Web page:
Jazz CD Reviews
Joey DeFrancesco, B-3 – One for Rudy – High Note
Published on October 15, 2013
Joey DeFrancesco – One for Rudy – High Note HCD 7256, 59:16 ***½:
(Joey DeFrancesco – Hammond B-3 organ; Steve Cotter – guitar; Ramon Banda – drums)
For small session jazz recordings, Rudy Van Gelder has been the pre-eminent sound engineer for over sixty years. Recording out of his home studio in New Jersey, which has taken on iconic status, Rudy has recorded most all the jazz greats going back to the early 1950s. He was the engineer for the great Blue Note sessions of the 1950s and 1960s, and was there for Prestige Records as well in their heyday. With the assistance of Maureen Sickler, Van Gelder is still going strong in the new millennium, well into his 80s. He is known for getting the sound “just right” for whatever session or genre being recorded.
A point of discussion has been whether it be the acoustics of his studio, microphone placement, or spot on recording levels, but whatever the secret of his success, it has not even been remotely duplicated by anyone else. For artists, it is a privilege to make the pilgrimage to Englewood Cliffs, New Jersey, and let Rudy work his magic. It is then up to the musician to produce a good product. Rudy seldom needs more than one day to record a CD, so the impetus is on the group leader to be prepared.
Joey DeFrancesco, one of the greatest living Hammond B-3 artists, decided the time was now to honor Rudy Van Gelder with a tribute, both in name as well as song title selection. Joey recorded his second album with Van Gelder back in 1990 and returned again in 2012 for Wonderful!, Wonderful! (High Note HCD 7241). On One for Rudy, DeFrancesco reprised tunes such as “Monk’s Dream,” and “Canadian Sunset” (done by Gene Ammons with Rudy at the helm in 1960) that were recorded at the Van Gelder studio. Other classic tracks by Freddie Hubbard, Sonny Rollins, and Miles Davis were covered as well with Rudy working his magic. (It would be hard to think of a well-known jazz standard that was not recorded at least several times at Rudy’s studio…)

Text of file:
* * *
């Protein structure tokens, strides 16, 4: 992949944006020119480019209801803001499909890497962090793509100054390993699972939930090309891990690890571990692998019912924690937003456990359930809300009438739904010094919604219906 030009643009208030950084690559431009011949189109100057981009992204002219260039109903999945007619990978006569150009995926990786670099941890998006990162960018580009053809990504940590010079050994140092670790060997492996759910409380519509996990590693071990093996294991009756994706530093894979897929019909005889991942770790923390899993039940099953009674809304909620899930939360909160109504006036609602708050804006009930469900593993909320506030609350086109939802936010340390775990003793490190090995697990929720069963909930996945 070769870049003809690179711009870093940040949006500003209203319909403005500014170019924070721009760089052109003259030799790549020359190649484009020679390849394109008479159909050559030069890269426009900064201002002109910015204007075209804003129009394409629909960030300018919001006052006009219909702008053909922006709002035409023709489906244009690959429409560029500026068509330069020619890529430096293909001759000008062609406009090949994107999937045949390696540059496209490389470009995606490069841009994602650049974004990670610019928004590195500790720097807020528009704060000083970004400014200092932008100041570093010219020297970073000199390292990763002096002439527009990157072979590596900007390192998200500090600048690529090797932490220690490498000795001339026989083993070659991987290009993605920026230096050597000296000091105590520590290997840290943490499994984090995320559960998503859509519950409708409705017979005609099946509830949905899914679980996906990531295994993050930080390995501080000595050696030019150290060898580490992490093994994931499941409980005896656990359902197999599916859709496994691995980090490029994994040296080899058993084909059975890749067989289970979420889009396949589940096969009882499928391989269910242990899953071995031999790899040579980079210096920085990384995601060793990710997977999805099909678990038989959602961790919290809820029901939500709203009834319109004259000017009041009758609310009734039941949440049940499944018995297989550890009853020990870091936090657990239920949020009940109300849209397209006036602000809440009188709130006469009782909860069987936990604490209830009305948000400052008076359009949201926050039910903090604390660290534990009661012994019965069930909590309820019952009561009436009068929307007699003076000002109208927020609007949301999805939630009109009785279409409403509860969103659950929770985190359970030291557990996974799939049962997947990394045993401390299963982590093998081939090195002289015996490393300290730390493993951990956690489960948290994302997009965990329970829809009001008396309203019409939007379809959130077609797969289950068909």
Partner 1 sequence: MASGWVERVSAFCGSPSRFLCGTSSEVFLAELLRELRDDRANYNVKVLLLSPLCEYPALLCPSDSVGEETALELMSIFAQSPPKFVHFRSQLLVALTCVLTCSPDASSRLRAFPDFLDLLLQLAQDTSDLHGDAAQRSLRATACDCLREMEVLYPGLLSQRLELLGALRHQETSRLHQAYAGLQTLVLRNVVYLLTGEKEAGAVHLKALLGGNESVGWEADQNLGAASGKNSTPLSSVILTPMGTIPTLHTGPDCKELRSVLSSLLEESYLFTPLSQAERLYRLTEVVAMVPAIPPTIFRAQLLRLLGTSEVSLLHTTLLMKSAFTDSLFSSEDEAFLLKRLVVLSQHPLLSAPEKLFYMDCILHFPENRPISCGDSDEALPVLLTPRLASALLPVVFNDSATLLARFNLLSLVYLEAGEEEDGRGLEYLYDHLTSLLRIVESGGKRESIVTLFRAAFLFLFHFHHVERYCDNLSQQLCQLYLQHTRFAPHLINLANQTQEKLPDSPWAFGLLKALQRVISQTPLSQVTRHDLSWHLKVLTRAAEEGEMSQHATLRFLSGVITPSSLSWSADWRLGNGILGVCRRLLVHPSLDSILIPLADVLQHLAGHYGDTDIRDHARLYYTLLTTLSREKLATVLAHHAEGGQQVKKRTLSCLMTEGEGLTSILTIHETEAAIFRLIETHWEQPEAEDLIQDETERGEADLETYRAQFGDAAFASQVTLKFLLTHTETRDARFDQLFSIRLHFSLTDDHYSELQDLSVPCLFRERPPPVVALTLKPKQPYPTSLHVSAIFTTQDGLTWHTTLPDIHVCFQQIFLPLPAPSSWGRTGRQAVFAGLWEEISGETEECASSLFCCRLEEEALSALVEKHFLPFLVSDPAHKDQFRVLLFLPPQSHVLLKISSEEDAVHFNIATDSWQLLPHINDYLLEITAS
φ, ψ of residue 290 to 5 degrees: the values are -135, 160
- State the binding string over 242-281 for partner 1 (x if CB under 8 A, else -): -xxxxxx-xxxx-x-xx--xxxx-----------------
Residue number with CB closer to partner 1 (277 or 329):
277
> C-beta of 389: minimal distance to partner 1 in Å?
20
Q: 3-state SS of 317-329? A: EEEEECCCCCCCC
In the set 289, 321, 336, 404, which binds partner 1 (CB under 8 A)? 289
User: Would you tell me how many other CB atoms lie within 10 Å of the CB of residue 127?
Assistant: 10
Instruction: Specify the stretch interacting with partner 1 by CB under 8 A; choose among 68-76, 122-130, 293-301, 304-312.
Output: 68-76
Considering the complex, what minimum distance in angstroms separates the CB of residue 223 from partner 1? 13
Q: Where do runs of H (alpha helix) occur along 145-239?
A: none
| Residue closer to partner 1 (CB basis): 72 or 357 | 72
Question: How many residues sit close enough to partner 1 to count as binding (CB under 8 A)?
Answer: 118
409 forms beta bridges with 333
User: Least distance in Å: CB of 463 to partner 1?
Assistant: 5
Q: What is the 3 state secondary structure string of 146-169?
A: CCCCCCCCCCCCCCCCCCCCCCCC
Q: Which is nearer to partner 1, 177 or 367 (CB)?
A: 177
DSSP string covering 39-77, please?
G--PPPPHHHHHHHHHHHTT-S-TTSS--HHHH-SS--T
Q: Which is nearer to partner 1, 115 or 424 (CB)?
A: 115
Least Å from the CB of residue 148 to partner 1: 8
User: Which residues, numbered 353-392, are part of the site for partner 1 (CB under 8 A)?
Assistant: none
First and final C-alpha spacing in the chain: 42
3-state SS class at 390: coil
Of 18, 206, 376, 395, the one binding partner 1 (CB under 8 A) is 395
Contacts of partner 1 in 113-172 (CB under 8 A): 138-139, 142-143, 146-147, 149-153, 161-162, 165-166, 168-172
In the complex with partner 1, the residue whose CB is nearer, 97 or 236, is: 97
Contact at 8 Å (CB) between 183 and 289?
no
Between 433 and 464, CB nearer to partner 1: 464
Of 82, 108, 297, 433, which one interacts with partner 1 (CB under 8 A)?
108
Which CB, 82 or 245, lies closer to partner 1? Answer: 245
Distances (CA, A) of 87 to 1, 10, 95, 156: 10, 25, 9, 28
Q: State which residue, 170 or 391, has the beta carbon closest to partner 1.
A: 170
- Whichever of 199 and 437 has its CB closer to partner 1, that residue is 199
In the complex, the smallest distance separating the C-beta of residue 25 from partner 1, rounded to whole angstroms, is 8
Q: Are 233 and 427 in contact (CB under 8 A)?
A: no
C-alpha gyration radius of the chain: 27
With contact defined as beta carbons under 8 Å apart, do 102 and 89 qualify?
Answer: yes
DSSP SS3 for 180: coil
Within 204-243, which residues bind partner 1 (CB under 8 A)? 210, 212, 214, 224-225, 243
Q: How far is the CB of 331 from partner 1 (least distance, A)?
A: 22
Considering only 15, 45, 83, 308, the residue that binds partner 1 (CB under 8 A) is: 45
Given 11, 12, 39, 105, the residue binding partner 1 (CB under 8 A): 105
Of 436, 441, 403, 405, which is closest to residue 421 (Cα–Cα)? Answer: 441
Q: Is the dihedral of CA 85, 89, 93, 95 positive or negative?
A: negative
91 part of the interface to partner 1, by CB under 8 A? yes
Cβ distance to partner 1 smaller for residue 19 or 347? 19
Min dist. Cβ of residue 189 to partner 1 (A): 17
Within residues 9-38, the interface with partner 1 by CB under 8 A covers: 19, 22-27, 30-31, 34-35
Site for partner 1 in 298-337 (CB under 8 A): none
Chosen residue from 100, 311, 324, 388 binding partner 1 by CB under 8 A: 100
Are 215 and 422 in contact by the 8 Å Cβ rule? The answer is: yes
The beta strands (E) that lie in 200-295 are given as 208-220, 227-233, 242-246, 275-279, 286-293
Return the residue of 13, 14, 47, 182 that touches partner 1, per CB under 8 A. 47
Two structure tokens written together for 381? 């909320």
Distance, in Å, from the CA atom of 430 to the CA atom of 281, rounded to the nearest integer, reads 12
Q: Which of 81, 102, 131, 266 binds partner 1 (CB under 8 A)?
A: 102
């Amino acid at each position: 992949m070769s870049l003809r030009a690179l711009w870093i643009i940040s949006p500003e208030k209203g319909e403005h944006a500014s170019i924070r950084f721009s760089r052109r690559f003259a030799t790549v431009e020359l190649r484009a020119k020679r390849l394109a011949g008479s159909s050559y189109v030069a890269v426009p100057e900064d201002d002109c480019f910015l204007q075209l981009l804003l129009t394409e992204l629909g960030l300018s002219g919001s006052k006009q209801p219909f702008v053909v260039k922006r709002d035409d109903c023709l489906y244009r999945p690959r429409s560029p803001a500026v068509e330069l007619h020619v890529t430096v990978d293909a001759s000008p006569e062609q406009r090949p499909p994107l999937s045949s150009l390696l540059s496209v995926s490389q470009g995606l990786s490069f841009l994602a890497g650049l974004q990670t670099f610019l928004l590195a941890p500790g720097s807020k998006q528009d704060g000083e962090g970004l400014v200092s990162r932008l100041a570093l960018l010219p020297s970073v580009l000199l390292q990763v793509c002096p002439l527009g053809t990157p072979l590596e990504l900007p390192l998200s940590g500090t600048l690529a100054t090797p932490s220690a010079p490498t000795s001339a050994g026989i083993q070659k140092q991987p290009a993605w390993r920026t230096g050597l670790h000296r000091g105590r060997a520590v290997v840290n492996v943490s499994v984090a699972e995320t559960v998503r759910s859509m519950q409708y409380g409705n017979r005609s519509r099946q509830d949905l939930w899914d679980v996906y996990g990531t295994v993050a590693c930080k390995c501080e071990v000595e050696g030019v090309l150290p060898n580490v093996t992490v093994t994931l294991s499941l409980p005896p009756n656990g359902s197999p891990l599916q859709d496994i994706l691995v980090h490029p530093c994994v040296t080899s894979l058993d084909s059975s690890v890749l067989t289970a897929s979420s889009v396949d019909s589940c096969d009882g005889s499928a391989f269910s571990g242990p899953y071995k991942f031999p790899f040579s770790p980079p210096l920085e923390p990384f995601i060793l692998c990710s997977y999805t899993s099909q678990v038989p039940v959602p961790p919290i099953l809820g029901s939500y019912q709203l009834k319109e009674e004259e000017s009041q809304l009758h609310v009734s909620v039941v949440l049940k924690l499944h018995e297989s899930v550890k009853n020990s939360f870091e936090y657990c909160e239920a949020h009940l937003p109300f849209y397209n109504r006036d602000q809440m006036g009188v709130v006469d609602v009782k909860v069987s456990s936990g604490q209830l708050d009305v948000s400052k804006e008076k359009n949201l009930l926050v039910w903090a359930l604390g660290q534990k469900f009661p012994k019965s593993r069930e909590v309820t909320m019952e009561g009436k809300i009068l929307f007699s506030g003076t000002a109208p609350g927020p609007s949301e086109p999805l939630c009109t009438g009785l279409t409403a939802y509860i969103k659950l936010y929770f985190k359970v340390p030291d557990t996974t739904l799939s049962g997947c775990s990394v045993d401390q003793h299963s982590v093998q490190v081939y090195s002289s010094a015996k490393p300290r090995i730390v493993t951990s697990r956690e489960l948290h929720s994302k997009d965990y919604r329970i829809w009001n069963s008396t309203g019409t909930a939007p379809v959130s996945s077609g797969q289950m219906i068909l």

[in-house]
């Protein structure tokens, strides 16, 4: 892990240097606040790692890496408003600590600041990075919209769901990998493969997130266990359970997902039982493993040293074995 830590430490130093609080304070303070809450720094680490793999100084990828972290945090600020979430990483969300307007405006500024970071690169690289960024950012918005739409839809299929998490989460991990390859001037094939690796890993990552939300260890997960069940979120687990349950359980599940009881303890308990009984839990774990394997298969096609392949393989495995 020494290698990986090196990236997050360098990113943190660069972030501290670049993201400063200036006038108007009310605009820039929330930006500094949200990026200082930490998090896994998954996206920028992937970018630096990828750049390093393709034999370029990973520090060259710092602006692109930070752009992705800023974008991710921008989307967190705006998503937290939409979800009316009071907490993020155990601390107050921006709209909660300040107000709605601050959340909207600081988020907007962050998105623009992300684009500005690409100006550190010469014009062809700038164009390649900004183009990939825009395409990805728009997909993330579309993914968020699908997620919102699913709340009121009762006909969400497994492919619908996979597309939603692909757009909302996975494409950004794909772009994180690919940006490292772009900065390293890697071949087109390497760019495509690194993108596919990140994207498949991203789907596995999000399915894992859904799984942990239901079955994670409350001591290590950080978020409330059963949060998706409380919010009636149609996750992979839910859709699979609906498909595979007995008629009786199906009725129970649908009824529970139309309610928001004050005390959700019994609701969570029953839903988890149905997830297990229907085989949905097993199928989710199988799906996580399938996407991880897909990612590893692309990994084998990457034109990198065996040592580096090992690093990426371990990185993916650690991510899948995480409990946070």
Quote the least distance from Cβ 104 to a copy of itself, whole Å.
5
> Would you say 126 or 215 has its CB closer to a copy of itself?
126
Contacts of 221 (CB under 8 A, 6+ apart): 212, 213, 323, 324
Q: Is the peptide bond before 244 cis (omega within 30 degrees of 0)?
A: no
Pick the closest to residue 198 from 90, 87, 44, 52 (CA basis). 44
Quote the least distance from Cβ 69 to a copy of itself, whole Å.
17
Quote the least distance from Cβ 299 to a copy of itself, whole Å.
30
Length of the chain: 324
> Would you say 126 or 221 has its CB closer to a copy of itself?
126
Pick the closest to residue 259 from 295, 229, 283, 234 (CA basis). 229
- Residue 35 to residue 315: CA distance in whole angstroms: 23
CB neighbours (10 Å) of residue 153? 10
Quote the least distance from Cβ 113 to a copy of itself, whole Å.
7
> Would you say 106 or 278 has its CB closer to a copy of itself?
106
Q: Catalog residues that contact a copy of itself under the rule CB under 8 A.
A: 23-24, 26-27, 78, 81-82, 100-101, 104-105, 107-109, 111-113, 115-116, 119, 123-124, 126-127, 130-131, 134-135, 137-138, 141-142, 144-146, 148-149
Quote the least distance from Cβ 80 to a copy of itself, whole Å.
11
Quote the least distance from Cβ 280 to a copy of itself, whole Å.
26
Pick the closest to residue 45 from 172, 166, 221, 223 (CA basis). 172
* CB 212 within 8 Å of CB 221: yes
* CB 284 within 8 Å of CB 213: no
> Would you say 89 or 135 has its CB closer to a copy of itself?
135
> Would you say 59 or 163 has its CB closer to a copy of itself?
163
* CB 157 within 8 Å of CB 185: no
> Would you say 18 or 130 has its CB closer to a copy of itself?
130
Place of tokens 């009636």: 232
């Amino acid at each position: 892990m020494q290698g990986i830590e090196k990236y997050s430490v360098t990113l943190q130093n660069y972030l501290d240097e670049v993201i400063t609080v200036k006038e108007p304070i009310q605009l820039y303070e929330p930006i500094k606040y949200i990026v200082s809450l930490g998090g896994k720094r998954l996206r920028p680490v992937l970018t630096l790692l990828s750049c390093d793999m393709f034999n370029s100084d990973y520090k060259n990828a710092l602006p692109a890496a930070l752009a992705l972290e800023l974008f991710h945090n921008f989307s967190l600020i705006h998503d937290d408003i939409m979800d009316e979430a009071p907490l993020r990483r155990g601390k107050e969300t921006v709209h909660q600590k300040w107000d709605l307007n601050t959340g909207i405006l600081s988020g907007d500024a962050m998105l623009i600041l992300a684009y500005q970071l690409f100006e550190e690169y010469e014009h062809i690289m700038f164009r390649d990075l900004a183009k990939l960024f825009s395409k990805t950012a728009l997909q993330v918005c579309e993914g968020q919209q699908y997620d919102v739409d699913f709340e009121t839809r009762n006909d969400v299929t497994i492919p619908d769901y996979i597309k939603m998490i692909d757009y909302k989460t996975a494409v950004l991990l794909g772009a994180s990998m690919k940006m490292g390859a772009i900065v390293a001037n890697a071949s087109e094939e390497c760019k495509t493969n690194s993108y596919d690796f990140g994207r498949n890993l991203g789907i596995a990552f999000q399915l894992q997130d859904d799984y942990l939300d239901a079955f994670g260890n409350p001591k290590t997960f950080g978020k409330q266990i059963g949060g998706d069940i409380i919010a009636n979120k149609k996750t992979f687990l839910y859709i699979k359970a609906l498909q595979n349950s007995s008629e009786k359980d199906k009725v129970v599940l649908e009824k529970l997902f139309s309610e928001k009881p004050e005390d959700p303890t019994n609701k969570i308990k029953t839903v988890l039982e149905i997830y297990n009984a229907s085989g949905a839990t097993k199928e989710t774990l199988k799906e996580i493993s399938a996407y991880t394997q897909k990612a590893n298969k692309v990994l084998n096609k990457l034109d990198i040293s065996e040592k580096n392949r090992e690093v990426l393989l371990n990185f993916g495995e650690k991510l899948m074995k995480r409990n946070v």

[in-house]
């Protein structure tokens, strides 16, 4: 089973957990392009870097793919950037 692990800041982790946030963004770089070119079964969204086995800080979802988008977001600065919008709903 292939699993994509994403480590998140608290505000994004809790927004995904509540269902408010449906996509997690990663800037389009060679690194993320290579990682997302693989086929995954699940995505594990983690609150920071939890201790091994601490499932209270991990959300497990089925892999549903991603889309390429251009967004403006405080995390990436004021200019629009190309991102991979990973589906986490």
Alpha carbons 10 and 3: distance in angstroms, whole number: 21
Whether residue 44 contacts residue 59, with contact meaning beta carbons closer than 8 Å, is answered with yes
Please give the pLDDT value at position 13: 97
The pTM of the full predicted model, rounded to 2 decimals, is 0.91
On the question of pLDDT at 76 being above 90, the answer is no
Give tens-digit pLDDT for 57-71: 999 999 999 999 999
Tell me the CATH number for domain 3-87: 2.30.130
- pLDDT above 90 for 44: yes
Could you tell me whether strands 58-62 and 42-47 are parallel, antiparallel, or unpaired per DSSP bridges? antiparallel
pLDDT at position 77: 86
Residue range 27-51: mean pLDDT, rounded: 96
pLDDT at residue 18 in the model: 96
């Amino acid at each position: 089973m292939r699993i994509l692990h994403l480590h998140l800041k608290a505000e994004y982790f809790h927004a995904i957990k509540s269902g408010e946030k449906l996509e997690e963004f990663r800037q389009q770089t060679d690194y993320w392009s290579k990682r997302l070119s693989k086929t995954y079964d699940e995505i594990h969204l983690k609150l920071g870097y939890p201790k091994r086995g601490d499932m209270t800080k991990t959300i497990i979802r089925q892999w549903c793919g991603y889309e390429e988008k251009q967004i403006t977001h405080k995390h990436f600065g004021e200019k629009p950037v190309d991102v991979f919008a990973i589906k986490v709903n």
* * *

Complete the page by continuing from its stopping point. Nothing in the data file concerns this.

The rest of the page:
The vibe found on Joey’s new recording is relaxed, and swinging in the classic organ, guitar, and drums format. On “I Don’t Want to be Kissed” Joey uses only the organ’s percussion and it gives an old school roller rink effect. Bebop enters on Miles Davis’ “Budo” and drummer Ramon Banda is featured here. As usual, Rudy has the drummer perfectly upfront in the mix, as Joey’s fingers fly over the organ to keep pace. The moody, atmospheric “Goodbye” follows next, and the effect is haunting, as Joey lets the organ sound like you might hear in a church hymn.
“Canadian Sunset,” made famous by Gene Ammons on Boss Tenor back in the day, is given a western cowboy type treatment, and guitarist Steve Cotter lopes along in step with Joey and Ramon. Hard bop enters the mix on the subsequent, “Up Jumped Spring” from Freddie Hubbard’s pen. Speaking of fascination with The West, DeFrancesco covers Sonny Rollins’ “Way Out West” that created quite a stir for Sonny over the album cover photo chosen for Rollins’ album back in 1957, when Sonny gave jazz treatment successfully to “I’m an Old Cow Hand” and “Wagon Wheels.” Joey stays with a straight hard-charging Hammond version here.
“Monk’s Dream” features improvisation in a manner that you might not recognize the tune as Monk’s. “Stardust” is done with respect for the tune’s melody, while the album’s closer, “One for Rudy” is the tribute to the master engineer. It was written by Joey’s wife, Gloria, and appropriately is in a blues motif, which could be an honor to the myriad of classic Hammond sessions experienced in Rudy’s studio throughout the decades.
A nice touch is found with the back cover photo of Joey with Rudy, as you have to go out of your way to find photos of Mr. Van Gelder.
TrackList: I Don’t Wanna Be Kissed, Budo, Goodbye, Canadian Sunset, Up Jumped Spring, Way Out West, After You’ve Gone, Monk’s Dream, Stardust, One for Rudy